Picking through the Bone Yard
Every writer needs a bone yard!
This is not as macabre as it sounds. By a bone yard, I mean files, notebooks, or shoe boxes filled with newspaper clippings, magazine articles, interesting photos, and other odds and ends. In my bone yard files, I also add those wonderfully written parts of a piece of fiction that needed to be sliced away to tighten the story.
Each of those bones is part of an unwritten tale. That interesting article about inserting fluorescent genes from jellyfish and sea anemones into the eggs of tropical fish in order to create a glowing fish for aquariums might not be a story, but added to an article on the destruction of unsuccessful scientific research, a book on gypsies, and some of the experiences had when taking a bus tour — and you might have the skeleton for a piece of fiction. (I did — these are the bones of my story, “Assassins.”)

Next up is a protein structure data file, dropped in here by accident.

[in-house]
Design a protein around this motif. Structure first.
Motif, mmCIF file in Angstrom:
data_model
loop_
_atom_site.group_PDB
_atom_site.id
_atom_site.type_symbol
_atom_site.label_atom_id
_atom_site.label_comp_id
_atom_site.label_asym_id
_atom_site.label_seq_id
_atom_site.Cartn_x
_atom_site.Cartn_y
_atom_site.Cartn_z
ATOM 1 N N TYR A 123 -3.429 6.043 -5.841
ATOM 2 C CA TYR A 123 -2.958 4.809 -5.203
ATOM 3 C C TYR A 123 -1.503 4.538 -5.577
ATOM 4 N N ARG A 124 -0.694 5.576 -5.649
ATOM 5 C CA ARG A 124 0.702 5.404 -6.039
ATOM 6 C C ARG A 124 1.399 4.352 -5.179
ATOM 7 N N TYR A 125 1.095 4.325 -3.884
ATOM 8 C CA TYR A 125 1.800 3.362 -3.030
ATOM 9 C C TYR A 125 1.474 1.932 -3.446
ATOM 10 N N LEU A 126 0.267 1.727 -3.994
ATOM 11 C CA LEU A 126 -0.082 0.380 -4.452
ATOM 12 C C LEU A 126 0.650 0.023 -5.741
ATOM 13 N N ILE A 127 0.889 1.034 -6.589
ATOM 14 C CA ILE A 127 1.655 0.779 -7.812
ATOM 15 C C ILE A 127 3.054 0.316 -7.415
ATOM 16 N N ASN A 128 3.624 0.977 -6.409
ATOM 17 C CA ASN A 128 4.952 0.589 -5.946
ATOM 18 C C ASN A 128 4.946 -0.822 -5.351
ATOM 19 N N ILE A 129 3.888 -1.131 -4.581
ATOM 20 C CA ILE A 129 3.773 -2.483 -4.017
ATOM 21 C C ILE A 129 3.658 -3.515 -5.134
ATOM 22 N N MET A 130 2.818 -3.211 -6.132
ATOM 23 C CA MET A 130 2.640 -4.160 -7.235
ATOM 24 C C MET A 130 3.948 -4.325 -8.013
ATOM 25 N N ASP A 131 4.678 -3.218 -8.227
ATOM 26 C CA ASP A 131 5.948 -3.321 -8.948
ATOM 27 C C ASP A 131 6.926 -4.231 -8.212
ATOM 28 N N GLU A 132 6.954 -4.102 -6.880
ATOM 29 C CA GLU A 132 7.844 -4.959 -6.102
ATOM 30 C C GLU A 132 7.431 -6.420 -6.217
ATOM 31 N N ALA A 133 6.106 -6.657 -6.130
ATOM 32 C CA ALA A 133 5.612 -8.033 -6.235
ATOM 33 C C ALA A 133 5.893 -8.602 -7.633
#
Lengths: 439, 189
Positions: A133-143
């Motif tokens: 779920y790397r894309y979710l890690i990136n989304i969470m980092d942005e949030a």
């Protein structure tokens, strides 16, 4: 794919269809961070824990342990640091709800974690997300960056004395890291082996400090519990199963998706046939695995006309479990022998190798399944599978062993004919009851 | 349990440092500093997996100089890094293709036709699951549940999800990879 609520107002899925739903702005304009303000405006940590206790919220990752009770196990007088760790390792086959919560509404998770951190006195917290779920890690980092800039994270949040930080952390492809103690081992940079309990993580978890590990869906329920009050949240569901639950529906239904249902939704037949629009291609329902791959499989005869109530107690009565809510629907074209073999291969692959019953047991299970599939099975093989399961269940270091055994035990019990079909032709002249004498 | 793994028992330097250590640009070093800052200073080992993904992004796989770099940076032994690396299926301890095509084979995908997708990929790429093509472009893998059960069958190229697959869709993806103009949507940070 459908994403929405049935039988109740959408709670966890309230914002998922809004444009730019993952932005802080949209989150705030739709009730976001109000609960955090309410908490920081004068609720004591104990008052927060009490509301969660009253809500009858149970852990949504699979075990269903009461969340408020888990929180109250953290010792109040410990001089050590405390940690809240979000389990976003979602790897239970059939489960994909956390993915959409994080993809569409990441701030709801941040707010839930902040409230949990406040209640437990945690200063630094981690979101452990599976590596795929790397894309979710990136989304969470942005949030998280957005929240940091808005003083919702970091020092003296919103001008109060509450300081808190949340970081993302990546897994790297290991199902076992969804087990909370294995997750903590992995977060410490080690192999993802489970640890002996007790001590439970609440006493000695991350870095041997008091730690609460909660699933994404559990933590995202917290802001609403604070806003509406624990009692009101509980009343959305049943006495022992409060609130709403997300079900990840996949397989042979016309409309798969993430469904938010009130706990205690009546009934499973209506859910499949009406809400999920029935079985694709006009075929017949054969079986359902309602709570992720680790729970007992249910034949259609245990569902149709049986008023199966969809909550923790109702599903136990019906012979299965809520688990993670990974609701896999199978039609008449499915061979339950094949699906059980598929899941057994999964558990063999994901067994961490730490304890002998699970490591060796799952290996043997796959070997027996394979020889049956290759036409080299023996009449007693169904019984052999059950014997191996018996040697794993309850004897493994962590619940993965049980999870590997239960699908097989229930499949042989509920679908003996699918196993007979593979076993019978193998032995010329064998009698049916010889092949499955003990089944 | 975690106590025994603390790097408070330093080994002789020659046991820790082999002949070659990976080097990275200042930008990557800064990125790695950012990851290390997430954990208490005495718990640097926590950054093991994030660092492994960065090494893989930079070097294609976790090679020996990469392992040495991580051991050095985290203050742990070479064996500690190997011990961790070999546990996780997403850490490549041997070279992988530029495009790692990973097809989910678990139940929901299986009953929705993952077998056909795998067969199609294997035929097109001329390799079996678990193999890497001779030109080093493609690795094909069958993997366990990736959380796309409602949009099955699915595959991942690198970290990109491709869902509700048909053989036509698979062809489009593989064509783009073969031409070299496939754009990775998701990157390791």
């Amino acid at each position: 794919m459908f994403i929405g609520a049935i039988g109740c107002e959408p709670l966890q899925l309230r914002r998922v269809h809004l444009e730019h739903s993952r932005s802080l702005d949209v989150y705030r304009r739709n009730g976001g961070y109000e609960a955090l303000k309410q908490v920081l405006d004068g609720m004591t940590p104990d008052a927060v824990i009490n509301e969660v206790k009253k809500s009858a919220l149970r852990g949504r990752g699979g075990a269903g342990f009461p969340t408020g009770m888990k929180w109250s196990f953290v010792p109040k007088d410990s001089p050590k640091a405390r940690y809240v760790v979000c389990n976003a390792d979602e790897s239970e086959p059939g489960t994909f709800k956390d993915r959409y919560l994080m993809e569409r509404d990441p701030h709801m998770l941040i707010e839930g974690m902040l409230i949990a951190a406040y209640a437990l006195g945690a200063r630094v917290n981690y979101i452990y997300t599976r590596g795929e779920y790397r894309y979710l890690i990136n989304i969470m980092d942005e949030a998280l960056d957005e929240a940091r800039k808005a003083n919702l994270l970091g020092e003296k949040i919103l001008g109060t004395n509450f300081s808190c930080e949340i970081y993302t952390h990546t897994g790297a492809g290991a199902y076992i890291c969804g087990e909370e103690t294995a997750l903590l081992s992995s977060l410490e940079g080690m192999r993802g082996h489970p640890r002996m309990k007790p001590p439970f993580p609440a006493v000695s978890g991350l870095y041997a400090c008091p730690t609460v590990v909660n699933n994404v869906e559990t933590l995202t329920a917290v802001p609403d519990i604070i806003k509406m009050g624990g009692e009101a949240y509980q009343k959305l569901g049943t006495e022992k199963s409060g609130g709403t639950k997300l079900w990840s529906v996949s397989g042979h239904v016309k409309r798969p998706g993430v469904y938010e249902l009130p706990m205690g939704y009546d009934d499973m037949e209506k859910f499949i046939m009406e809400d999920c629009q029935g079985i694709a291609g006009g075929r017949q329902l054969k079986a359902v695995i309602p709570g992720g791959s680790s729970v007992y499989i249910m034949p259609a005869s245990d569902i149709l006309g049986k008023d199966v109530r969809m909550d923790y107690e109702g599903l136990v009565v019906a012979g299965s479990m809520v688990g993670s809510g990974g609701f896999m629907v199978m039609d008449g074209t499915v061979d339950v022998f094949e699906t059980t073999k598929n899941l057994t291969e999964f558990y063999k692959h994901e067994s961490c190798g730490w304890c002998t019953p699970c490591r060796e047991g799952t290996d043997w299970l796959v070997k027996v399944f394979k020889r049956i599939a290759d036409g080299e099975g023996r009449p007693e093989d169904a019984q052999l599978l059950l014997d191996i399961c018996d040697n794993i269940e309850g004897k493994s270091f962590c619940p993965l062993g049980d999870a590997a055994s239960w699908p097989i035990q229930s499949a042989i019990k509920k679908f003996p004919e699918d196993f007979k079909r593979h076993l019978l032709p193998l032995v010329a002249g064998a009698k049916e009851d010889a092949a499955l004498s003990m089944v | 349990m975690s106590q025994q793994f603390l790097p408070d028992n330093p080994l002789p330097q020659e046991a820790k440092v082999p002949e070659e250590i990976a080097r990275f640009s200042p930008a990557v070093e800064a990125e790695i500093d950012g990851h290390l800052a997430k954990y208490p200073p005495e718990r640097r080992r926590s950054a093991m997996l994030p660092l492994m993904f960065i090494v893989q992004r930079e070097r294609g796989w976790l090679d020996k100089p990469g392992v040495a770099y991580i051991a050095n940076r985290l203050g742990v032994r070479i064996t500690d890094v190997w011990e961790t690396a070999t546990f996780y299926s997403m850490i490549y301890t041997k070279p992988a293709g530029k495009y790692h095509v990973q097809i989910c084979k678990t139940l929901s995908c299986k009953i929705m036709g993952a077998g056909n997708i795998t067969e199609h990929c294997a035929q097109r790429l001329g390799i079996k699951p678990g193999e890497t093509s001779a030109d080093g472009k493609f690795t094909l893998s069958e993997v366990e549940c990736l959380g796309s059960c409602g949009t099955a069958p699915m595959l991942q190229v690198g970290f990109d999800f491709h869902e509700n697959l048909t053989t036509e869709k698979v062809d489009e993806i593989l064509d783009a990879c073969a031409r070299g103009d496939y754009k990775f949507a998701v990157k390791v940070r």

Not long ago, I went to my bone yard and gathered several interesting scraps that eventually became “Sideshow by the Sea.” I found a newspaper clipping about a baby with mermaid’s syndrome born in South America. I pieced it together with some handouts and old “Shocked & Amazed” magazines from sideshow expert, James Taylor. I recalled a TV interview with a family of children suffering from hirsutism that performed in a circus. For a bit of local color, I added in an old essay about the boardwalk at Ocean City. Lastly, I used my experiences as a mom raising teens who just wanted to belong. And, bingo! I had the skeleton of a story that just needed to be fleshed out.
So if you’re a writer, keep a bone yard of fascinating bits and pieces. One day you’ll realize how several seemingly unrelated items fit together. And if you’re a reader, see if you can find the skeleton that supports your favorite authors’ books. As for me, the night is dark, the rain is slapping the windows, and I’m about to dig through some bones.